|A race to vaccinate rare seals|In: Science (Washington). American Association for the Advancement of Science: New York, N.Y. ISSN 0036-8075, more
Conservation; Protection; Vaccination; Morbillivirus [WoRMS]; Marine
Monk seal; Neomonachus schauinslandi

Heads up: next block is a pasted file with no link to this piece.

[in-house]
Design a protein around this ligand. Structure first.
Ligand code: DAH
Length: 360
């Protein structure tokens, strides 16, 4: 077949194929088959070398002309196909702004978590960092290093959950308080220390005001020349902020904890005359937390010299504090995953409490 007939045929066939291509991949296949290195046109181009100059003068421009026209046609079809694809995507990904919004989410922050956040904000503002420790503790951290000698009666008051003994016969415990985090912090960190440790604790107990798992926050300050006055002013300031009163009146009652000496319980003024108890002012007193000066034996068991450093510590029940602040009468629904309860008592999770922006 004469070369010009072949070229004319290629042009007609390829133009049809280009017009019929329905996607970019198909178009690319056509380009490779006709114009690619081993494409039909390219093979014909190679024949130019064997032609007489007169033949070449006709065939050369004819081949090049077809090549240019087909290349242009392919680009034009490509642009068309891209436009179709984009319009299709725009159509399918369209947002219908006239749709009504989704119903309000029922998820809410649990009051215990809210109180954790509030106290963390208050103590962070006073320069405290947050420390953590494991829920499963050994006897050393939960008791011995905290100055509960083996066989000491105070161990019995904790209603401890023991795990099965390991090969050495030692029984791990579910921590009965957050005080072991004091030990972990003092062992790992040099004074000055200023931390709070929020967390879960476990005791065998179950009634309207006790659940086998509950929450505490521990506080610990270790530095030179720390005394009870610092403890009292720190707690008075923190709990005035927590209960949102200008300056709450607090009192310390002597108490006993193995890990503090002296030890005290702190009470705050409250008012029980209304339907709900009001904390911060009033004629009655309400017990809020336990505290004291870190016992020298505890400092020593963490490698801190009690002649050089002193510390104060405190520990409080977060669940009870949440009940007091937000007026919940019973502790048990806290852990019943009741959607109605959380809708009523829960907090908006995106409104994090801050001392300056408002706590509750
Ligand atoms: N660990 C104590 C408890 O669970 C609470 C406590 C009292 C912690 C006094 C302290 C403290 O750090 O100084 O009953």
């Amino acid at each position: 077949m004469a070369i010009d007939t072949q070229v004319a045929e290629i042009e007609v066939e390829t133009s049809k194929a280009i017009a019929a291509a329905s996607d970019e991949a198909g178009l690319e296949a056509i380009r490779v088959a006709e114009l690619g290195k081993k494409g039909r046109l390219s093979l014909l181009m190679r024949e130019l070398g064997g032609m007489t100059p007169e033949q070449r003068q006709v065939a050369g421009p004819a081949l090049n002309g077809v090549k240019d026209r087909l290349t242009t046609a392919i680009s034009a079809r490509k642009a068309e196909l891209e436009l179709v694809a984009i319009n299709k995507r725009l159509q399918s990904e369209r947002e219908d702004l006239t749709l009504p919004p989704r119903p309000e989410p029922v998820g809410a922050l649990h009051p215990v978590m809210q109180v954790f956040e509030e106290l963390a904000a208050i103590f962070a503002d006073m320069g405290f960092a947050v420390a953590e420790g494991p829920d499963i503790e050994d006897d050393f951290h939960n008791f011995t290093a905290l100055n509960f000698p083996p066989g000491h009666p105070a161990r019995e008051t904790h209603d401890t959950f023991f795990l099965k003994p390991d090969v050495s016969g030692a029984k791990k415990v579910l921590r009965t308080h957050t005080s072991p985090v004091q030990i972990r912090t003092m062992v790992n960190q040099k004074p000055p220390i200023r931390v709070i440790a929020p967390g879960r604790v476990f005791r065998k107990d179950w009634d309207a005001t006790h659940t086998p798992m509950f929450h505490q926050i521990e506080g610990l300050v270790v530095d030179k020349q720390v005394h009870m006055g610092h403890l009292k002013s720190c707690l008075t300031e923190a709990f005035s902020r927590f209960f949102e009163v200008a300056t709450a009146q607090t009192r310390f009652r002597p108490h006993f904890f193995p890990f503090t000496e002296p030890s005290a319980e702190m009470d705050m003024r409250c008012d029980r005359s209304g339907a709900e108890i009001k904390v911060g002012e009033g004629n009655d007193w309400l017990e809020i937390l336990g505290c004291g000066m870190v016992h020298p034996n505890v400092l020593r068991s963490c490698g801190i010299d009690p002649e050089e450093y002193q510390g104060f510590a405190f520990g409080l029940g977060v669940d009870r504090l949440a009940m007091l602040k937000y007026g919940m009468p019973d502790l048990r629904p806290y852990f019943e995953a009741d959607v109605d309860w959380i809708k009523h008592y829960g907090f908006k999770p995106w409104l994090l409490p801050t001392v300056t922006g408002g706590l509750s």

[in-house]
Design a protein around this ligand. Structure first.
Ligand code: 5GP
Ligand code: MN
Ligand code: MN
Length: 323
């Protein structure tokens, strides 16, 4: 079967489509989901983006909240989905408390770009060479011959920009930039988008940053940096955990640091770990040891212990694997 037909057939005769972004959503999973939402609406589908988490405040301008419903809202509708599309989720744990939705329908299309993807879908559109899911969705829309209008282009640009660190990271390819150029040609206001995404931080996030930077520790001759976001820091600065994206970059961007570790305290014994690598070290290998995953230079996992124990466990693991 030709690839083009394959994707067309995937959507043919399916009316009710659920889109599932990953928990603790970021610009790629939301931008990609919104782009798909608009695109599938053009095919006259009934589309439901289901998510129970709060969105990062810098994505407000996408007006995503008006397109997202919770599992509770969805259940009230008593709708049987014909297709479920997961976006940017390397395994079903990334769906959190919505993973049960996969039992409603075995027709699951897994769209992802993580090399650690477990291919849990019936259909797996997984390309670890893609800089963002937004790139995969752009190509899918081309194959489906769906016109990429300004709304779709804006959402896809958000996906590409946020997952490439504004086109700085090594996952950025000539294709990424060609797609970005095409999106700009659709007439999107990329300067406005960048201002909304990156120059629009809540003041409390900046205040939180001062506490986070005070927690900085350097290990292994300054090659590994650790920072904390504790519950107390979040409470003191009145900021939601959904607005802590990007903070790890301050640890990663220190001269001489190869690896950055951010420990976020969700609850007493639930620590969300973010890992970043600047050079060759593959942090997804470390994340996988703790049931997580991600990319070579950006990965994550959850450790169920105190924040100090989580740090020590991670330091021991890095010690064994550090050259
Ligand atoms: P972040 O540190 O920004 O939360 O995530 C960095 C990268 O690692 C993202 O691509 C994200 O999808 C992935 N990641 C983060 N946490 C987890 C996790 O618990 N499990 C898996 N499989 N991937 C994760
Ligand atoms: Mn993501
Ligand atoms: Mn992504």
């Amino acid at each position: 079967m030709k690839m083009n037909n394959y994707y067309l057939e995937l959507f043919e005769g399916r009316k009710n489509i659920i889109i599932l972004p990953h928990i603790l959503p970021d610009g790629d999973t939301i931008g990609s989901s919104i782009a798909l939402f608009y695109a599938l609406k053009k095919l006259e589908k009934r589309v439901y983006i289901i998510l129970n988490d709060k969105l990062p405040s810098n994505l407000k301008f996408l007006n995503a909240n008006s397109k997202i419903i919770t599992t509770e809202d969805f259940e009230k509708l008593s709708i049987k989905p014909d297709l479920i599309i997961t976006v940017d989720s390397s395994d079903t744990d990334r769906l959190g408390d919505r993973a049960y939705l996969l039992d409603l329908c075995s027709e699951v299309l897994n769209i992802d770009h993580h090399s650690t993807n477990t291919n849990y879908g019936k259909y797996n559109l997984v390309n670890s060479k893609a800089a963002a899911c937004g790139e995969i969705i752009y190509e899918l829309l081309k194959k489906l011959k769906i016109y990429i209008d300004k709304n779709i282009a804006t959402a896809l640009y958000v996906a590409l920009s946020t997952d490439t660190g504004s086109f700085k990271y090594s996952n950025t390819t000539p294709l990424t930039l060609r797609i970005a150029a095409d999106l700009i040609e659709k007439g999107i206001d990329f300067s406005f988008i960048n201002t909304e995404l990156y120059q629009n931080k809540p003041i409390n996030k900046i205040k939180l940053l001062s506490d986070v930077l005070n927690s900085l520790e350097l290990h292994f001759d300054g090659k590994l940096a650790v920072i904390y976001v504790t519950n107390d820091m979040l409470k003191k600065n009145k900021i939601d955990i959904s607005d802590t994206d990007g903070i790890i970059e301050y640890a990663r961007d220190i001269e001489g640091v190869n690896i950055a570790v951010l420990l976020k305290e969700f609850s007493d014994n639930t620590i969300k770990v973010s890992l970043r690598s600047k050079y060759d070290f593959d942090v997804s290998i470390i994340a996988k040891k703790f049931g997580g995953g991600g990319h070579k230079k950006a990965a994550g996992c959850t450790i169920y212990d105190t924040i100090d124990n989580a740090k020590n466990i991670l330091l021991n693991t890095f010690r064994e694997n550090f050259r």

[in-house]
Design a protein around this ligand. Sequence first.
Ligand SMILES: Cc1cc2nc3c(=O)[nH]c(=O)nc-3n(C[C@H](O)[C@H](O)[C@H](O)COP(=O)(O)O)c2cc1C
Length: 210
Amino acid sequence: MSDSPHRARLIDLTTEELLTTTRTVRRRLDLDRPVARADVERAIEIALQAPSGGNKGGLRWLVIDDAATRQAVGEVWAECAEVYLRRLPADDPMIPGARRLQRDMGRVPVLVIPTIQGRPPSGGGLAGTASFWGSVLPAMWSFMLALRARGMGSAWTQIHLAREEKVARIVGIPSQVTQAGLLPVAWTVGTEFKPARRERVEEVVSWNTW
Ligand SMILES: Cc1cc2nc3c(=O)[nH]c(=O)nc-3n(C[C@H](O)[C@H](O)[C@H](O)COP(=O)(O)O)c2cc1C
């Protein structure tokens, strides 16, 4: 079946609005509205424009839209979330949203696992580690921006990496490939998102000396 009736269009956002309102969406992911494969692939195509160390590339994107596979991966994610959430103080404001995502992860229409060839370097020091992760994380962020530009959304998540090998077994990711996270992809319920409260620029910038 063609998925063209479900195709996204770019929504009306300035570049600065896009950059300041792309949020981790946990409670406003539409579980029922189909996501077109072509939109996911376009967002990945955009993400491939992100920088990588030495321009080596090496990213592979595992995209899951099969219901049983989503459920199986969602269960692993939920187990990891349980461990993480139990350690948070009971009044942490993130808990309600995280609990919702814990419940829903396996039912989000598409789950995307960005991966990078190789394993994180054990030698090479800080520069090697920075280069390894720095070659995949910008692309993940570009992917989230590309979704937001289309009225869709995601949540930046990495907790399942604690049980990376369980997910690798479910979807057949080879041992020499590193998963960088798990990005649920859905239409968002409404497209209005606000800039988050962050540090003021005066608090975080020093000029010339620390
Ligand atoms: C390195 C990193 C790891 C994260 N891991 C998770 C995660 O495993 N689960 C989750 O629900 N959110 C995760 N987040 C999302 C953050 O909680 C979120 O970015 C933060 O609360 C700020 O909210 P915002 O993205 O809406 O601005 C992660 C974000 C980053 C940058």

In Hawaii, biologists have launched an unusual conservation campaign: For the first time, they are attempting to vaccinate a wild population of seagoing mammals in order to protect the animals from a potentially devastating virus. The target is the Hawaiian monk seal, and it's a daunting task. Although monk seals are one of the world's most endangered marine mammals, they still number some 1300 individuals, scattered along the 2500-kilometer-long Hawaiian chain. For the vaccine to work, biologists must track down and give each animal two shots, weeks apart. But after years of studying ways to prevent an outbreak of phocine distemper virus, a major seal killer that biologists fear could cripple efforts to save monk seals from extinction, researchers are optimistic that they can make wildlife health history.